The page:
GWEN IFILL: Next, a musician-turned-novelist.
Jeffrey Brown talks with Josh Ritter about his debut work of fiction.
JEFFREY BROWN: Henry Bright is a 20-year-old young man just returned home to West Virginia after serving in World War I, when his life is turned further upside-down. His wife dies in childbirth. And Henry, instructed by an angel, escapes into the wilderness with his newborn son to flee an approaching wildfire.
So begins “Bright’s Passage,” the debut novel by a man better known for his work in another art form, singer-songwriter Josh Ritter. His most recent album, “So Runs the World Away,” came out last year.
And Josh Ritter joins me now.
Welcome to you.
JOSH RITTER, “Bright’s Passage”: Thank you for having me.
JEFFREY BROWN: I guess the obvious first question is, why a novel? People know you for your music. Why this?
JOSH RITTER: Well, I always thought, as a songwriter, that what a songwriter does is build sort of a hallway. And you’re building a hallway for people to travel down.
And — and they walk down the hallway. And then, at a certain point, they decide to walk through a door to the right or left. And they go into their own mind and their own kind of reverie. I was interested with “Bright’s Passage,” which began as a song.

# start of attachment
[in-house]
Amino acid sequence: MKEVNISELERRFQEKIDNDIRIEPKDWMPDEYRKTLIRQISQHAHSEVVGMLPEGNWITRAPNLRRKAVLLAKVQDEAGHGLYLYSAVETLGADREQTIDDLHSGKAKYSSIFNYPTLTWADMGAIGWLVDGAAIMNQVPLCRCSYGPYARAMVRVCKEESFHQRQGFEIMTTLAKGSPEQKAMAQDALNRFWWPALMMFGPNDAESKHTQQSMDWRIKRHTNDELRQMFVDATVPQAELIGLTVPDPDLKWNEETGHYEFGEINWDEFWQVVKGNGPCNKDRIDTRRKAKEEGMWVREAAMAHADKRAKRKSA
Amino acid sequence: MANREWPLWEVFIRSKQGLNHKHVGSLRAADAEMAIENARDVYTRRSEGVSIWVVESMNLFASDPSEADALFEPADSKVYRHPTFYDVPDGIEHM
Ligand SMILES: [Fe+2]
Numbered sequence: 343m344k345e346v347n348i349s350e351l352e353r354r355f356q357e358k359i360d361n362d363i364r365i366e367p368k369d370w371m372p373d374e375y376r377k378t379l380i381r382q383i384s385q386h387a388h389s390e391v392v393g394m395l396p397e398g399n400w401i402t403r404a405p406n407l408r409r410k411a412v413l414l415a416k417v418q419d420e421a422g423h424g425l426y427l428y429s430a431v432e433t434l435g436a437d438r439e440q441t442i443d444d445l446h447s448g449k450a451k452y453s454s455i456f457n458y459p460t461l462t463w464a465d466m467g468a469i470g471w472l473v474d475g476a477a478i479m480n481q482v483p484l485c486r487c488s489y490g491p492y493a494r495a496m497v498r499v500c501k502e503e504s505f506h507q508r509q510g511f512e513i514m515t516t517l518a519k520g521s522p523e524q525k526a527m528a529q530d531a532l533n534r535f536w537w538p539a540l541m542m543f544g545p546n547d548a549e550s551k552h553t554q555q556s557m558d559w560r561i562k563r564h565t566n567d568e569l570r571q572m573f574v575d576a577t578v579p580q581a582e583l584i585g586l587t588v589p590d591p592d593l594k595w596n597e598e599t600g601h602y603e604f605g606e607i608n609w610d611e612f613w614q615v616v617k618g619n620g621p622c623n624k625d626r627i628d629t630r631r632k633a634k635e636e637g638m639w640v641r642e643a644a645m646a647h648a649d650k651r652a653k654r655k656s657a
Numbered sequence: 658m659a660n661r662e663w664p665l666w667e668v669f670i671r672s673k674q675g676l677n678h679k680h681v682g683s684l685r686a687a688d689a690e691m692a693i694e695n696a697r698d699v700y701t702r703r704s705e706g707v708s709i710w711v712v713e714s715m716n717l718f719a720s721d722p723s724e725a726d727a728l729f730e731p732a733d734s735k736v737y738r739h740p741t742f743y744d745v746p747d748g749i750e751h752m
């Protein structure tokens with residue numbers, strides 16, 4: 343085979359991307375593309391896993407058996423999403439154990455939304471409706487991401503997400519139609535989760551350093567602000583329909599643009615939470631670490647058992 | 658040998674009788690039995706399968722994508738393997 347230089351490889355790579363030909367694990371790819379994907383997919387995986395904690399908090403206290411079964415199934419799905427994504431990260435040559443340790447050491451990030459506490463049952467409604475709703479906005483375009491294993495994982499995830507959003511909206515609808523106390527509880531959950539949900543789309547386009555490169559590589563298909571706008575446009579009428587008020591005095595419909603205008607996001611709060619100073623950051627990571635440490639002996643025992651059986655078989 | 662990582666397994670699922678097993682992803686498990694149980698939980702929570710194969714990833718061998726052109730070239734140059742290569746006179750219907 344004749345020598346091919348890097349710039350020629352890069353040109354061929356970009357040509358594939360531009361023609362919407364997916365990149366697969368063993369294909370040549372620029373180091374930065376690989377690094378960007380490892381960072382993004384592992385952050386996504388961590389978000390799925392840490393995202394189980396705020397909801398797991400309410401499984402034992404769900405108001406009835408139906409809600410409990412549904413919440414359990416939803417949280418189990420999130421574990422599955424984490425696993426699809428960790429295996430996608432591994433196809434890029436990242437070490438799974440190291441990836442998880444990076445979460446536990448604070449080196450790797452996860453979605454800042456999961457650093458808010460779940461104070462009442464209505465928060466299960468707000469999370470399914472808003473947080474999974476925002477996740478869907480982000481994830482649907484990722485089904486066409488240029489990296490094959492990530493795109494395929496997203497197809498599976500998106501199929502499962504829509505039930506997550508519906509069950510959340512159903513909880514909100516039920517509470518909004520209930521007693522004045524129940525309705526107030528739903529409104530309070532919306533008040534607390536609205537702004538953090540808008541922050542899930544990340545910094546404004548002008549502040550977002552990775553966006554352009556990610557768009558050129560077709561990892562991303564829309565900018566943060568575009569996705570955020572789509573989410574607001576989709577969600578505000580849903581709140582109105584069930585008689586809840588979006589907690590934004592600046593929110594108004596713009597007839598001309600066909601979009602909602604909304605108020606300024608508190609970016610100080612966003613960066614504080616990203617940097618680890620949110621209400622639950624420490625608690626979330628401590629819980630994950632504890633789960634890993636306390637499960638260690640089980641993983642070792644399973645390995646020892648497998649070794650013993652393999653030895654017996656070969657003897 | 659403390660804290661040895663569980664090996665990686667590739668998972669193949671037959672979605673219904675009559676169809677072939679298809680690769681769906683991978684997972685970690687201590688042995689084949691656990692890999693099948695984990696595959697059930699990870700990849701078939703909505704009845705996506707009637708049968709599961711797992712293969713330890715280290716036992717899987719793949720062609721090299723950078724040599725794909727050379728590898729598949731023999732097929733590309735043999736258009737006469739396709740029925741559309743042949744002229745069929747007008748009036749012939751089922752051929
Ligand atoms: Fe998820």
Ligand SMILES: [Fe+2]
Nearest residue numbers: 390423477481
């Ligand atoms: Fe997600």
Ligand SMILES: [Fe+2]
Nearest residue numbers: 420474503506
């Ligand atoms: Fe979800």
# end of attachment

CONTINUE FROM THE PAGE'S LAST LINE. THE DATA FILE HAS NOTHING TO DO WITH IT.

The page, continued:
JEFFREY BROWN: Oh, it did begin as a song?
JOSH RITTER: Yes, yes. And I decided that I wanted to just travel down that hallway and go through one of those doors and just sort of see what was beyond.
JEFFREY BROWN: Yes, but you go through the door usually, and it’s a three- or four-minute song. And this becomes a couple-hundred-page novel.
JOSH RITTER: Yes. Yes. That’s right. Yes, it started off as a song, but it was a very, very — it was about a guy who gets periodic instructions from an angel. And I thought, well, this song is — this song is cool, but I want to see what else happens.
And I had the whole plot here in my song. And then, by the second page, there was an angel talking out of a horse. And so everything went awry.
JEFFREY BROWN: Well, before we get to the angel and the horse, tell me a little bit more about this character, Henry Bright. The book goes back and forth between his time past and present in West Virginia and his time fighting in Europe, in World War I.
JOSH RITTER: Yes. Yes.
Henry Bright was a character that I had in my mind as — and I mostly just saw his eyes. I thought he had the look in his eye of somebody who was trying to put together a jigsaw puzzle on his own, you know, and just looking for a pattern somewhere.
And the idea of kind of a sweet, normal man going from West Virginia and suddenly arriving in the absolute downpour and hailstorm of the First World War, and then having to come back home to a quiet life, was something that really struck a chord with me, and I feel like maybe has — strikes a chord with, you know, with the times today.
JEFFREY BROWN: Oh, so there is the hard realism of war, which you address. And then there are the angel — there’s the angel and the talking horse.
JOSH RITTER: Yes, yes.
JEFFREY BROWN: Now, so there is — there’s a — it’s an interesting balance. I mean, and I know from talking to a lot of writers it’s hard to get that right, that kind of magic suddenly and fantasy thrown into a very real, hard reality.
Was that hard for you to balance?